Security Experts:

mDNS Can Be Used to Amplify DDoS Attacks: Researcher

Some multicast Domain Name System (mDNS) implementations respond to unicast queries coming from outside the local link. A researcher has determined that this behavior can be exploited for information disclosure and amplifying distributed denial-of-service (DDoS) attacks.

mDNS is a zero-configuration service designed to resolve host names to IP addresses. It is used on local networks for device and service discovery, and it can be found in devices such as printers, phones, and network-attached storage (NAS) systems. mDNS daemons are available for Windows, OS X and Linux operating systems.

“Multicast DNS and DNS service discovery daemons deployed on various systems across the Internet are misconfigured and reply to queries targeting their unicast addresses, including requests from their WAN interface,” security researcher Chad Seaman explained in a write-up published on GitHub.

There may be some use cases where this is needed, but RFC 6762 recommends that unicast queries originating from outside the local link should be ignored if their source can’t be verified.

Seaman has scanned the Internet and discovered more than 100,000 devices responding to mDNS queries targeting their unicast address, including printers, NAS devices, and machines running Windows and Linux.

“Some of these machines were located on larger networks such as corporations and universities, and appeared to be poorly secured, if secured at all,” the expert noted.

According to Seaman, an attacker can leverage these queries to obtain sensitive information such as network, administration, and device details. In addition to information leakage, a malicious actor can also leverage misconfigured systems to amplify DDoS attack because the size of the response can be much larger than the size of the query.

“An attacker can expect at least a 1:1 reflection, in some of my testing, some services amplified by as much as 975%. The true amplification rate is hard to predict since the replies vary a lot based on server configuration and the size of the query packet itself, which changes based on the service being queried, but a safe estimate would be around 130%+ amplification on average,” the researcher said.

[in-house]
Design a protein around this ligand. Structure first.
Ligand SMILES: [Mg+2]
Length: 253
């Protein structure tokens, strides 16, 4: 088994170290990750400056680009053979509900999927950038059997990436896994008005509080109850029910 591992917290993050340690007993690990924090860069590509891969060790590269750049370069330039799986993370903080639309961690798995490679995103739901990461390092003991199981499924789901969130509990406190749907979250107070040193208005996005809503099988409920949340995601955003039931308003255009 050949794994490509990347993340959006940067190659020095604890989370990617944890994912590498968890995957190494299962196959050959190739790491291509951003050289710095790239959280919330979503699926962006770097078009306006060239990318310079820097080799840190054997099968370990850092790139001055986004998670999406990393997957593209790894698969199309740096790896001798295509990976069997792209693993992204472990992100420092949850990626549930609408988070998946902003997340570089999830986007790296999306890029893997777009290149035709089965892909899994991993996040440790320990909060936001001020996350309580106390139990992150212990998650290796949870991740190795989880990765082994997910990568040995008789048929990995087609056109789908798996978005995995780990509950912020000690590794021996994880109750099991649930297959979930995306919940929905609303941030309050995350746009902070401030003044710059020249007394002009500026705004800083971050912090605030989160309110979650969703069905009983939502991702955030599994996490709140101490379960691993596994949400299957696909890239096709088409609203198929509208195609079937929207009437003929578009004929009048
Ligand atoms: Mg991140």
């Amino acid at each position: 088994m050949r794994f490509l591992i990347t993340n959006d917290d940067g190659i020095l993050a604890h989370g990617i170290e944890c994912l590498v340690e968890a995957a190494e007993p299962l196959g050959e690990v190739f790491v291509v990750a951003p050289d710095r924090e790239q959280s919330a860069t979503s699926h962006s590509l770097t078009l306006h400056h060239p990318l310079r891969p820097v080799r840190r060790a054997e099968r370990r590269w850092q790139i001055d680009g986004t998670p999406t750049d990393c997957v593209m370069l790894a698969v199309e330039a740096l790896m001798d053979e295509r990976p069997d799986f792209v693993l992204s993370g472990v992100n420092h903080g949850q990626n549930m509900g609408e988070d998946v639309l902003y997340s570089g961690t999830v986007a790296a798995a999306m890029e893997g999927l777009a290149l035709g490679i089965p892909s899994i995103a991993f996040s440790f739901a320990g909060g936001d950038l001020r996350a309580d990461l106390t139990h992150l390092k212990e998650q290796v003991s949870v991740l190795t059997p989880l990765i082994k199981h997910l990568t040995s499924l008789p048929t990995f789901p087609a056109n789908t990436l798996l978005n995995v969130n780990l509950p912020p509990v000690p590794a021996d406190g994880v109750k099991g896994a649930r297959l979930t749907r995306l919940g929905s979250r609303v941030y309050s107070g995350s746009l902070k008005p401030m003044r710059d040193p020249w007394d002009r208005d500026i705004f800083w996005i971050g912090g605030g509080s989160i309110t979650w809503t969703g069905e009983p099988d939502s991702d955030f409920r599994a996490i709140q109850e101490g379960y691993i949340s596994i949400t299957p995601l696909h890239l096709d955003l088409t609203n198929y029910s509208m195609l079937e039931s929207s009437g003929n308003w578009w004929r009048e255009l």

Seaman and the CERT Coordination Center at Carnegie Mellon University have advised organizations to block UDP traffic on port 5353. In some cases, mDNS services can be disabled from the software or the device.

The issue has been found to affect the Avahi implementation (versions prior to 0.6.31), which is shipped with most Linux distributions, Canon MG6200 series printers, and previous generations of HP printing products.

IBM has released patches to resolve the vulnerability in IBM Security Access Manager for Web. According to an advisory, a remote attacker can extract information from the mDNS service by sending specially crafted UDP packets.

Products from several other companies might also be affected. However, Seaman says some vendors have already stated that they will not fix the issue in older devices.

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Eduard Kovacs (@EduardKovacs) is a contributing editor at SecurityWeek. He worked as a high school IT teacher for two years before starting a career in journalism as Softpedia’s security news reporter. Eduard holds a bachelor’s degree in industrial informatics and a master’s degree in computer techniques applied in electrical engineering.